Category Three Hurricane: Sustained Winds 111-129 mph (96-112 kt or 178-208 km/hr).
Devastating damage will occur
There is a high risk of injury or death to people, livestock, and pets due to flying and falling debris. Nearly all older (pre-1994) mobile homes will be destroyed. Most newer mobile homes will sustain severe damage with potential for complete roof failure and wall collapse. Poorly constructed frame homes can be destroyed by the removal of the roof and exterior walls. Unprotected windows will be broken by flying debris. Well-built frame homes can experience major damage involving the removal of roof decking and gable ends. There will be a high percentage of roof covering and siding damage to apartment buildings and industrial buildings. Isolated structural damage to wood or steel framing can occur. Complete failure of older metal buildings is possible, and older unreinforced masonry buildings can collapse. Numerous windows will be blown out of high-rise buildings resulting in falling glass, which will pose a threat for days to weeks after the storm. Most commercial signage, fences, and canopies will be destroyed. Many trees will be snapped or uprooted, blocking numerous roads. Electricity and water will be unavailable for several days to a few weeks after the storm passes. Hurricane Ivan (2004) is an example of a hurricane that brought Category 3 winds and impacts to coastal portions of Gulf Shores, Alabama with Category 2 conditions experienced elsewhere in this city.

Category Four Hurricane: Sustained Winds 130-156 mph (113-136 kt or 209-251 km/hr).
Catastrophic damage will occur.
There is a very high risk of injury or death to people, livestock, and pets due to flying and falling debris. Nearly all older (pre-1994) mobile homes will be destroyed. A high percentage of newer mobile homes also will be destroyed. Poorly constructed homes can sustain complete collapse of all walls as well as the loss of the roof structure. Well-built homes also can sustain severe damage with loss of most of the roof structure and/or some exterior walls. Extensive damage to roof coverings, windows, and doors will occur. Large amounts of windborne debris will be lofted into the air. Windborne debris damage will break most unprotected windows and penetrate some protected windows. There will be a high percentage of structural damage to the top floors of apartment buildings. Steel frames in older industrial buildings can collapse. There will be a high percentage of collapse to older unreinforced masonry buildings. Most windows will be blown out of high-rise buildings resulting in falling glass, which will pose a threat for days to weeks after the storm. Nearly all commercial signage, fences, and canopies will be destroyed. Most trees will be snapped or uprooted and power poles downed. Fallen trees and power poles will isolate residential areas. Power outages will last for weeks to possibly months. Long-term water shortages will increase human suffering. Most of the area will be uninhabitable for weeks or months. Hurricane Charley (2004) is an example of a hurricane that brought Category 4 winds and impacts to coastal portions of Punta Gorda, Florida with Category 3 conditions experienced elsewhere in the city.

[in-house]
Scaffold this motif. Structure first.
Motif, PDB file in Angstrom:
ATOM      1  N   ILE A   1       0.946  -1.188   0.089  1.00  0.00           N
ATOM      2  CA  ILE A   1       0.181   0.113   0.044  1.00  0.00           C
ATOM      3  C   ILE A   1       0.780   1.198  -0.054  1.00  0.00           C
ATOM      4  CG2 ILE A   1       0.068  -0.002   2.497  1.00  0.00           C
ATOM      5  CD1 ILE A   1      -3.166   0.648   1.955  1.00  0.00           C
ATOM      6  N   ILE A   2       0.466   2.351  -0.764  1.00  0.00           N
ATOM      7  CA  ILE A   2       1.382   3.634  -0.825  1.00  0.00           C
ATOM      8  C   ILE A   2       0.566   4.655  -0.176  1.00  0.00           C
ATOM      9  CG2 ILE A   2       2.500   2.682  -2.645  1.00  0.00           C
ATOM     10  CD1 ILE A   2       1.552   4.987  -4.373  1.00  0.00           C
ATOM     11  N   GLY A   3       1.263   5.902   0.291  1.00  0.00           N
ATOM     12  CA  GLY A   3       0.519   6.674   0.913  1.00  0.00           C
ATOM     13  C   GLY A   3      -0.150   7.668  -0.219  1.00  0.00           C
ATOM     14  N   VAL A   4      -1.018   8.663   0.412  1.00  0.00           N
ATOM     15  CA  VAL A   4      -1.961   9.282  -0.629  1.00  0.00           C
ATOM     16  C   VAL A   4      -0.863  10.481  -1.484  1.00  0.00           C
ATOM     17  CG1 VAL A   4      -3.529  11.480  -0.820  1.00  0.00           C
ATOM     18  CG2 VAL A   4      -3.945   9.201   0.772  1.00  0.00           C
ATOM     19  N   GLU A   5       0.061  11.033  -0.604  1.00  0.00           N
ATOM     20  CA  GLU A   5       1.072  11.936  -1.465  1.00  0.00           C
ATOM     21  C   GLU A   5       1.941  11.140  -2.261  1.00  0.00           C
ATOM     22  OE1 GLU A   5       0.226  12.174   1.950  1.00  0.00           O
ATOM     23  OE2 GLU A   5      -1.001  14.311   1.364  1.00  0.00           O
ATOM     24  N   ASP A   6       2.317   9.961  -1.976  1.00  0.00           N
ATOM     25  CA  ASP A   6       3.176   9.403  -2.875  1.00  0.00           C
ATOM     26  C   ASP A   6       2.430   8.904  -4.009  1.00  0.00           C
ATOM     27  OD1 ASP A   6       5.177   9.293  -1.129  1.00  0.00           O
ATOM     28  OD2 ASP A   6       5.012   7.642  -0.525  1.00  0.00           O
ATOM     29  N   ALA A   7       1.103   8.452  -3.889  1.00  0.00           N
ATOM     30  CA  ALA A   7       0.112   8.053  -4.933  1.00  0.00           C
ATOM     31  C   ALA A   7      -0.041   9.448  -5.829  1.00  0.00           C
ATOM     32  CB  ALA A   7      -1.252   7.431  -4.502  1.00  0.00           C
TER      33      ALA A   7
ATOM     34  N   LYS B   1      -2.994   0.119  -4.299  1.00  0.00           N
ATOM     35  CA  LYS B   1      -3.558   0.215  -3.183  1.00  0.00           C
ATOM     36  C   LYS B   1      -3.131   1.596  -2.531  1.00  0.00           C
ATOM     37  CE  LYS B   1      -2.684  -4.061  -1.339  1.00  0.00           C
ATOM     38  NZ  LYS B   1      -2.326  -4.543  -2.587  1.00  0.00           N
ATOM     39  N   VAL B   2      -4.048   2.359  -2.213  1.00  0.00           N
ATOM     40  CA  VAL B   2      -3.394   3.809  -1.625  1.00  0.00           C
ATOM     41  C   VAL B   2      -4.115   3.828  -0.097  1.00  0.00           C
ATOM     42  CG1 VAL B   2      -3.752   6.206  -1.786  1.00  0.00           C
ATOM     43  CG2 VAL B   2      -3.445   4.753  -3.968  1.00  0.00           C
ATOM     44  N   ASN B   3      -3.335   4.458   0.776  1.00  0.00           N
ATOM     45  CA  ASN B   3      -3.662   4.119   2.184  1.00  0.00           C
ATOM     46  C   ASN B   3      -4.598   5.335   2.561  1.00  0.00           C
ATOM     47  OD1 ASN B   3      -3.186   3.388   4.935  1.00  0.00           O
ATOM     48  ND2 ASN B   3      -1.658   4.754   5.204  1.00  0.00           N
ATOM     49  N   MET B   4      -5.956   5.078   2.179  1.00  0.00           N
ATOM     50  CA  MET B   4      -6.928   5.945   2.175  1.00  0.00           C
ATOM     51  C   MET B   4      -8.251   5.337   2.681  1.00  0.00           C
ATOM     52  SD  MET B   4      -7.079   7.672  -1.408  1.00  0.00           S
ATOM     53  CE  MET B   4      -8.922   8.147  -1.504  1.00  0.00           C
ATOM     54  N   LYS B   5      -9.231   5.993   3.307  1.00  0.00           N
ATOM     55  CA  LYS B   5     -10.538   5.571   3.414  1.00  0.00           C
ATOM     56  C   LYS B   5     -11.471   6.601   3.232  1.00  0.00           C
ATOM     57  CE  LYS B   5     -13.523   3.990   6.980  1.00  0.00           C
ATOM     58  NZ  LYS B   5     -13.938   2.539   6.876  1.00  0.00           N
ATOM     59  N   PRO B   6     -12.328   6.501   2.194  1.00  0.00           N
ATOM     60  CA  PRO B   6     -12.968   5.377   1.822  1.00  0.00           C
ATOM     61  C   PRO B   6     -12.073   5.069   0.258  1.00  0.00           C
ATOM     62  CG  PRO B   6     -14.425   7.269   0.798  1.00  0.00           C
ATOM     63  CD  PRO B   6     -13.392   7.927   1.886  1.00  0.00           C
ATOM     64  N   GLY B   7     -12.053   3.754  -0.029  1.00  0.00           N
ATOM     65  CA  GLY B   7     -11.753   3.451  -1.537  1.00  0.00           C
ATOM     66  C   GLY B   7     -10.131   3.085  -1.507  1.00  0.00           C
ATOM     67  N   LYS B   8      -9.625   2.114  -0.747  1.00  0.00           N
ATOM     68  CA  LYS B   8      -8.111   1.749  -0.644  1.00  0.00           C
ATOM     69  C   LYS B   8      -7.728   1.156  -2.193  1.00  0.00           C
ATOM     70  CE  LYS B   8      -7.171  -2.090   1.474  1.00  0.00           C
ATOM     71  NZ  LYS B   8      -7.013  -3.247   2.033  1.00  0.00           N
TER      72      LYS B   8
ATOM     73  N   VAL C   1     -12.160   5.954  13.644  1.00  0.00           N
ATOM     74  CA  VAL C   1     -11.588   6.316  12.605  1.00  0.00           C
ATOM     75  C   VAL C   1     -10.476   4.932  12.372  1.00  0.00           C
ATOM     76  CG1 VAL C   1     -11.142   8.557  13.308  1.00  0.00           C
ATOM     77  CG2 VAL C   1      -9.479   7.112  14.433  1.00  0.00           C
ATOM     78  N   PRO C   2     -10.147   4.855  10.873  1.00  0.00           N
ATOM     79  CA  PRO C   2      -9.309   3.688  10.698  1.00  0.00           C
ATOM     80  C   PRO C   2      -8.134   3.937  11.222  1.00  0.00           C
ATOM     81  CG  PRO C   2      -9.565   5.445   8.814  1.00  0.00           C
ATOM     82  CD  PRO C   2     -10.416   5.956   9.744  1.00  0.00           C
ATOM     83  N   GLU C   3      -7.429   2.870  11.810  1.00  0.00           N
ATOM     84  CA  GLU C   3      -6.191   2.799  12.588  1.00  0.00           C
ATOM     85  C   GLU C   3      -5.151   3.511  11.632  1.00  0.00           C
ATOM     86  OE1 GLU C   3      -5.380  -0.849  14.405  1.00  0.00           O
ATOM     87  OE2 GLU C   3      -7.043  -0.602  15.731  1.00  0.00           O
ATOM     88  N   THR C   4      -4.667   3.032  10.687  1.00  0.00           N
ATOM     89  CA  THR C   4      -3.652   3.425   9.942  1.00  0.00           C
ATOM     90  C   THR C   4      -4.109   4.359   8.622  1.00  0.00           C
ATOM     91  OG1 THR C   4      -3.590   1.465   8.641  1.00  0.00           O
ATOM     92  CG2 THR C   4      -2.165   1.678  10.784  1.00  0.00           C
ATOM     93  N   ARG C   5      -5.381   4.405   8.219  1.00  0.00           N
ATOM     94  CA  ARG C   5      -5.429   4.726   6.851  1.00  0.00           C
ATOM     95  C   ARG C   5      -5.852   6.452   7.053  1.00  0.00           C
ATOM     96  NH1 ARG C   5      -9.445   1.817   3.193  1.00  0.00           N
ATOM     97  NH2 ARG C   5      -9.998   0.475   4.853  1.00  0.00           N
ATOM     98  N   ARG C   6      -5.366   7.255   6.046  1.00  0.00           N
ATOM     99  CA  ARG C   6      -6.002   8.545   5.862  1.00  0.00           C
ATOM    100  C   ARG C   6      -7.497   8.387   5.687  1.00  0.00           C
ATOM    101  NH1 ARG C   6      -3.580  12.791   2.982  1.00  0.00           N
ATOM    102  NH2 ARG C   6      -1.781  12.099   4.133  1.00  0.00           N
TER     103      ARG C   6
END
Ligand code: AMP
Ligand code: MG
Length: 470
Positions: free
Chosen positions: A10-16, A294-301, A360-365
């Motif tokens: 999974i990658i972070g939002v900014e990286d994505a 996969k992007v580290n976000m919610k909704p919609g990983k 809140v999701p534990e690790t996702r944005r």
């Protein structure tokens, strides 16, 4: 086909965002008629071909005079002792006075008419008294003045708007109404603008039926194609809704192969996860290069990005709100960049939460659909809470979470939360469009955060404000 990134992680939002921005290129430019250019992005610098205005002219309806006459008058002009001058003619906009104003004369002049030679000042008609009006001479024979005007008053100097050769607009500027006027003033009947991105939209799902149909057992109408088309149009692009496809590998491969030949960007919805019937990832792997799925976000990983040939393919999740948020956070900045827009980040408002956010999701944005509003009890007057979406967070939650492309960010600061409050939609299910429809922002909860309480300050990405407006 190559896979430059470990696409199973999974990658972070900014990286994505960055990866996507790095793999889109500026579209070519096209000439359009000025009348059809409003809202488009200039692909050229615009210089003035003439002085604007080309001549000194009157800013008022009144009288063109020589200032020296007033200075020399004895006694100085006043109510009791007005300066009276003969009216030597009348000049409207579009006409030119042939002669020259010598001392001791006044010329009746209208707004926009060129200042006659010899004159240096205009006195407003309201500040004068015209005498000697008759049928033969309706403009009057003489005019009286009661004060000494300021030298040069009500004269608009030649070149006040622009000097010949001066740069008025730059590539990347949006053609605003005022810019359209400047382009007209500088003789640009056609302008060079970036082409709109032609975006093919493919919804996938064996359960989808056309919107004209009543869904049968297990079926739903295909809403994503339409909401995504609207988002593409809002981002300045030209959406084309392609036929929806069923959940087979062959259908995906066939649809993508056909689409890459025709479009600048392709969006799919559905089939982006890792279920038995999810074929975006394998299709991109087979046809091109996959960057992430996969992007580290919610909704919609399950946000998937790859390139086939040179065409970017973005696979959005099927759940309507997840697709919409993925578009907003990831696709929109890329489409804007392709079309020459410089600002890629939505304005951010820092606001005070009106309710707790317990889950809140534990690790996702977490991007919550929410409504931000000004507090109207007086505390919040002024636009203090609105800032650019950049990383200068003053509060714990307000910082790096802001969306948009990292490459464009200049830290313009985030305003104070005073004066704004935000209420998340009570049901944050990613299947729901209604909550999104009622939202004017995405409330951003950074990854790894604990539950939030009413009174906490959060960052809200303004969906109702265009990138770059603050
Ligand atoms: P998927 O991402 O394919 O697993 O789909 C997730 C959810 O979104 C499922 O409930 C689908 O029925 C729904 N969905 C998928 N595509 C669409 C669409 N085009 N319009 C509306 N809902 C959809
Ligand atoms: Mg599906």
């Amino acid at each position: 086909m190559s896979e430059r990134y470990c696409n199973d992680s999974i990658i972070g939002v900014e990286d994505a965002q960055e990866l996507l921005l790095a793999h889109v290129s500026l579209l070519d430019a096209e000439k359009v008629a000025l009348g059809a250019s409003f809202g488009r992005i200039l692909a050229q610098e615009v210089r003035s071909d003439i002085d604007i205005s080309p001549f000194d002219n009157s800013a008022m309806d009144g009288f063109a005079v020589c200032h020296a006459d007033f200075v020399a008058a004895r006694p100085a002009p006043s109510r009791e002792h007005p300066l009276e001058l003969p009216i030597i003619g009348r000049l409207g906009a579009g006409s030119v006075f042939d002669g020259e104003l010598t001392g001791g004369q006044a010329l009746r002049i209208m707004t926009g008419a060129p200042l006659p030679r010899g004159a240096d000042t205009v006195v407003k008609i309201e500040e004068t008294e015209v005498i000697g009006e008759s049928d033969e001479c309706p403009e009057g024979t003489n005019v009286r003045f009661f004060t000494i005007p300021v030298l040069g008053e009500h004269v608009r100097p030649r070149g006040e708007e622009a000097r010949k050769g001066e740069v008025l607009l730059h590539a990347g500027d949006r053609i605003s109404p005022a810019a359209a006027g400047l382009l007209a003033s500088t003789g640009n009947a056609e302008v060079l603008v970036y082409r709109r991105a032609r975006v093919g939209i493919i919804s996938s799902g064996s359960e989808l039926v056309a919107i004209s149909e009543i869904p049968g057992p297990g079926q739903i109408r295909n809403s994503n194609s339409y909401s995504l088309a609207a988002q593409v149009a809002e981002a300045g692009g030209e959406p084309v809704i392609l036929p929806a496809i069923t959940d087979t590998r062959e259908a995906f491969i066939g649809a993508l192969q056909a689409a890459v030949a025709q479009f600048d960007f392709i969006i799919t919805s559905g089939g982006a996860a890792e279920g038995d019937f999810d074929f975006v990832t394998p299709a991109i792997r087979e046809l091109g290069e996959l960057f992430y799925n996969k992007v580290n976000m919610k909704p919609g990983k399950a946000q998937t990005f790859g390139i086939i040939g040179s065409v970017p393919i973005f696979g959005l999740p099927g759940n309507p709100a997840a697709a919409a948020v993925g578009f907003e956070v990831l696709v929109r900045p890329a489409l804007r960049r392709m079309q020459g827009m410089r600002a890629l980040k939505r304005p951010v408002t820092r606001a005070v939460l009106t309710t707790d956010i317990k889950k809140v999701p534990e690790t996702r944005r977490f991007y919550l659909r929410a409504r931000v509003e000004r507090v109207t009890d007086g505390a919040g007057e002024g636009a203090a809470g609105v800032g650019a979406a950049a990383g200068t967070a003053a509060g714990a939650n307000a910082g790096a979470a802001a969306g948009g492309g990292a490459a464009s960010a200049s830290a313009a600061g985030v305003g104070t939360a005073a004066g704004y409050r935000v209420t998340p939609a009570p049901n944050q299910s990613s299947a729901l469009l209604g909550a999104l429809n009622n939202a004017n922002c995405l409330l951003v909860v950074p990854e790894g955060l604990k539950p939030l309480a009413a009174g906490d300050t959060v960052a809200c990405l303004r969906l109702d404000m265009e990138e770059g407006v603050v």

Category Five Hurricane: Sustained Winds of 157 mph or higher (137 kt or higher or 252 km/hr or higher).
Catastrophic damage will occur.
People, livestock, and pets are at very high risk of injury or death from flying or falling debris, even if indoors in mobile homes or framed homes. Almost complete destruction of all mobile homes will occur, regardless of age or construction. A high percentage of frame homes will be destroyed, with total roof failure and wall collapse. Extensive damage to roof covers, windows, and doors will occur. Large amounts of windborne debris will be lofted into the air. Windborne debris damage will occur to nearly all unprotected windows and many protected windows. Significant damage to wood roof commercial buildings will occur due to loss of roof sheathing. Complete collapse of many older metal buildings can occur. Most unreinforced masonry walls will fail which can lead to the collapse of the buildings. A high percentage of industrial buildings and low-rise apartment buildings will be destroyed. Nearly all windows will be blown out of high-rise buildings resulting in falling glass, which will pose a threat for days to weeks after the storm. Nearly all commercial signage, fences, and canopies will be destroyed. Nearly all trees will be snapped or uprooted and power poles downed. Fallen trees and power poles will isolate residential areas. Power outages will last for weeks to possibly months. Long-term water shortages will increase human suffering. Most of the area will be uninhabitable for weeks or months. Hurricane Andrew (1992) is an example of a hurricane that brought Category 5 winds and impacts to coastal portions of Cutler Ridge, Florida with Category 4 conditions experienced elsewhere in south Miami-Dade County.


2017 Tropical Cyclone Tracks:


Courtesy of Unisys


2018 Atlantic Basin Tropical Cyclone Names:

Alberto Beryl Chris Debby Ernesto
Florence Gordon Helene Isaac Joyce
Kirk Leslie Michael Nadine Oscar
Patty Rafael Sara Tony Valerie
William

Tropical Weather Numerical Model Links:

Allan Huffman’s Weather Models Page Canadian Model
Cyclone Phase Evolution Forecasts ECMWF Model
FNMOC Website GFS Ensemble Model Tracks
NCEP/EMC Cyclone Tracks Page Operational Model Guidance
PSU Electronic Wall Site Roundy Tropical Cyclone Probability Chart
South Florida Water Management Hurricane Model Page Tropical Atlantic Model Plots
Tropical Cyclone Genesis Potential Fields Tropical Cyclone Intensity & Track Model Forecasts
Tropical Cyclone Model Output Maps Tropical Group TC Model Generator Page
TXTornado.net Model Page